“Butch was the lure,” said a source. “He had the best reason to get him out in the open.”

The night Bianchette was killed he was summoned from a wedding to go to the Macomb County construction site where today resides a supermarket. An “in-the-know” Michigan mob insider tells GR, Bianchette was informed on his cell phone at the wedding that tens of thousands of dollars he and Stramaglia were fighting over was now available and could be picked up at the construction site.

Butch Stramaglia

Butch Stramaglia

Stramaglia knows a thing or two about construction. He owned Vito Trucking and Excavating and in 1990 was convicted of skimming two million dollars of municipal funds connected to a Dade County, Florida contract he was awarded to build the 200-million dollar Sawgrass Expressway and sentenced to 50 years in prison. Less than three years later, all 38 felony counts Stramaglia was found guilty of were tossed by an appellate court and he was freed.

He was originally indicted alongside his baby brother and co-owner Frank Stramaglia. The siblings also co-owned Four Bears Water Park in Shelby Township, 20 minutes north of Detroit and a popular family-fun destination for Metro Detroiters for two decades (shuttered since the early 2000s).

Known to have a cocaine habit, the younger Stramaglia was found dead of a suspicious drug overdose on January 2, 1989 (the coke was 20-times a lethal dose and cut with a toxic compound called cadmium, normally found in battery acid, fertilizer and house paint). In the weeks previous, word had leaked from the prosecutor’s office in Florida that Frank Stramaglia had reached out to authorities to discuss about potential cooperation.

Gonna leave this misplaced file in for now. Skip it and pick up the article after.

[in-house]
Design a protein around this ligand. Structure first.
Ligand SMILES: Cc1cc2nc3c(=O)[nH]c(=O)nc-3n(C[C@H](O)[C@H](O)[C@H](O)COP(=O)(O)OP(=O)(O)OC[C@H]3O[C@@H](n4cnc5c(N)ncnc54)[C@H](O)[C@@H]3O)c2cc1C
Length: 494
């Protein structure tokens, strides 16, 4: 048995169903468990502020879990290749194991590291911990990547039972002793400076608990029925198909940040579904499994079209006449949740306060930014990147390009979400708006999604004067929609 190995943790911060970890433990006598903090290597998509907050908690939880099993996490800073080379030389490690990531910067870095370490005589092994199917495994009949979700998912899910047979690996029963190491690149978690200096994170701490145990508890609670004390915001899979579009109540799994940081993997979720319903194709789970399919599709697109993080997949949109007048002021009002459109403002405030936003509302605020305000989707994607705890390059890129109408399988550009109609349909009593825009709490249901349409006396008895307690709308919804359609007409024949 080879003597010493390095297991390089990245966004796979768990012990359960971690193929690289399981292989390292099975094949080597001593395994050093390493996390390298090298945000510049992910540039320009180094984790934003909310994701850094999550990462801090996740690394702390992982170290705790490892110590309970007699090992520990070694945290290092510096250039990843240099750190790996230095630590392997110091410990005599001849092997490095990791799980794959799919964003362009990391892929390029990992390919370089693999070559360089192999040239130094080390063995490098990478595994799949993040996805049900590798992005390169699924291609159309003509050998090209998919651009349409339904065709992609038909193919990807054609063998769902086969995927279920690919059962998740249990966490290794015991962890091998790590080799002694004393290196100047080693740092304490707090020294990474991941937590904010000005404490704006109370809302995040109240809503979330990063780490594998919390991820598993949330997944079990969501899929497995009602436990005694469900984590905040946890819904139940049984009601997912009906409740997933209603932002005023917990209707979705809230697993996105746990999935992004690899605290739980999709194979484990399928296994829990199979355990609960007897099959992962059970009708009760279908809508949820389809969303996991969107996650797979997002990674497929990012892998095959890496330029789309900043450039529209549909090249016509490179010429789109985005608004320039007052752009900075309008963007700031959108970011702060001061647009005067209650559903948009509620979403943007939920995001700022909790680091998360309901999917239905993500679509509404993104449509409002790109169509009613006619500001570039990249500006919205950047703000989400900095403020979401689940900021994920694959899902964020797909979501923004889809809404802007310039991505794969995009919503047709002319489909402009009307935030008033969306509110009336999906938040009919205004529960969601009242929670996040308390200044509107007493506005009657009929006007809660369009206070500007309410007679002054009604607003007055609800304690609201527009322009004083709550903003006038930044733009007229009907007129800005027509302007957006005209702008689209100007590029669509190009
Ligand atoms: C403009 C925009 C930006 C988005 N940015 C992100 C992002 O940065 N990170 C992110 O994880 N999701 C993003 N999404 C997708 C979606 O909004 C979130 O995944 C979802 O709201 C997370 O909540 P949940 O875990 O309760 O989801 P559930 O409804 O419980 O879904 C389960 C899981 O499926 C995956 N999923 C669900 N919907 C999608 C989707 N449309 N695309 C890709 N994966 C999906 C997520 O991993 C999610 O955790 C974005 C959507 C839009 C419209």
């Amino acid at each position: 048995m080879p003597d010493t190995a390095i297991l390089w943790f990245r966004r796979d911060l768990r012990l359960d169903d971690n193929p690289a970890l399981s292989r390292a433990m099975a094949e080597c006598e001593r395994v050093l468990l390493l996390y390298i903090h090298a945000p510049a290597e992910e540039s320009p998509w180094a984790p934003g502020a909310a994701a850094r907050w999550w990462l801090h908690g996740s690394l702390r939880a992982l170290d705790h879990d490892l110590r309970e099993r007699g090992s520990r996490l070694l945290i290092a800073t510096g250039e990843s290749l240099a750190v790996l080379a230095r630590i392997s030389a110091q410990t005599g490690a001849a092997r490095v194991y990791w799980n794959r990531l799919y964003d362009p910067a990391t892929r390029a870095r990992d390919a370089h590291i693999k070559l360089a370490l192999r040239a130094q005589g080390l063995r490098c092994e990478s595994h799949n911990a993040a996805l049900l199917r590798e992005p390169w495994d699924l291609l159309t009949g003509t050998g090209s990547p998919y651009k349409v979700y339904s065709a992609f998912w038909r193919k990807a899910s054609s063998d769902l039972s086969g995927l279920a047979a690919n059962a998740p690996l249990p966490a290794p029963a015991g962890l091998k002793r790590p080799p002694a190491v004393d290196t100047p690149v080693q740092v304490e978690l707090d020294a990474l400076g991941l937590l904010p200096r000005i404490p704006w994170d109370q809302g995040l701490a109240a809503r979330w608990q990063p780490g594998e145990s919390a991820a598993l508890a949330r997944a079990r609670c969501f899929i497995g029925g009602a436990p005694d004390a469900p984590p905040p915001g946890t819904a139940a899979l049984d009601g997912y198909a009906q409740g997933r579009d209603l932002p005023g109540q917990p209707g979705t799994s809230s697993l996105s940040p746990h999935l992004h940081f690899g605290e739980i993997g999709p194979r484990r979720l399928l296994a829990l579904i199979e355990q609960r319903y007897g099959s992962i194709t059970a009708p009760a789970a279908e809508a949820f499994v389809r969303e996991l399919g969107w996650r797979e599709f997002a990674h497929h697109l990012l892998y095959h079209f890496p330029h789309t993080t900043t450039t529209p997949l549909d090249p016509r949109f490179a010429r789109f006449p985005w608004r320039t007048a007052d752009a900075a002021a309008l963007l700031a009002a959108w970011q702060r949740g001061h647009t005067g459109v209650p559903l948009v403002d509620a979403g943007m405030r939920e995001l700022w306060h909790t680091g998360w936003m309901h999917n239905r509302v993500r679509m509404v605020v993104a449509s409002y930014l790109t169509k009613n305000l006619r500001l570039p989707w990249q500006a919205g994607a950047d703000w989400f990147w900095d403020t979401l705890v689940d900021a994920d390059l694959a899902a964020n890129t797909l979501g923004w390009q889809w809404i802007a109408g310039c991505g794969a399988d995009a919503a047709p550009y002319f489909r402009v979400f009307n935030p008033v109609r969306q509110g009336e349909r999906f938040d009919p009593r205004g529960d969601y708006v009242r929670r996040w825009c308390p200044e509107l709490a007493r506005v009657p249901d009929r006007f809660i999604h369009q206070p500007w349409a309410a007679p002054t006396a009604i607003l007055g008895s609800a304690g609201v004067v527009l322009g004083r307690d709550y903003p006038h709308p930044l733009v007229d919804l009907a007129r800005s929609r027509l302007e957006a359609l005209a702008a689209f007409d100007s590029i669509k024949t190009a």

The following month, Mark Giancotti, the comptroller at Four Bears Water Park, Frank Stramaglia’s best friend and a local mob-connected drug dealer, showed up slain. Giancotti was found shot to death in his car on February 7, 1989 in a supermarket parking lot in Rochester Hills, Michigan, about a half-hour drive from Detroit proper. Per police files regarding the Stramaglia overdose and the Giancotti murder, Butch Stramaglia is a suspect in both investigations. Butch Stramaglia has never faced any homicide charges and adamantly denies any involvement in the murder of his brother, Giancotti or Bianchette.

Jack Tocco, 86, died of heart failure in the summer of 2014, having reigned atop the Detroit mafia for a relatively peaceful 35 years. Tony Zerilli passed away from natural causes last spring. He was 86 too. The FBI looked into Stramaglia possibly helping Tocco launder illegal proceeds and vice versa, back in the 1980s, however never filed any charges.

“Butch is a means business kind of guy,” recalled one retired fed familiar with Stramaglia from his days working the Detroit mob beat. “He acts tough and he is tough. He can be smiling, laughing and carrying on one minute and stone cold serious in a blink of an eye. We saw how he leveraged his connection to Jack Tocco, it was clear as day. Butch can be intimidating, but he’s smart. He’s tip-toed through the landmines pretty well for himself.”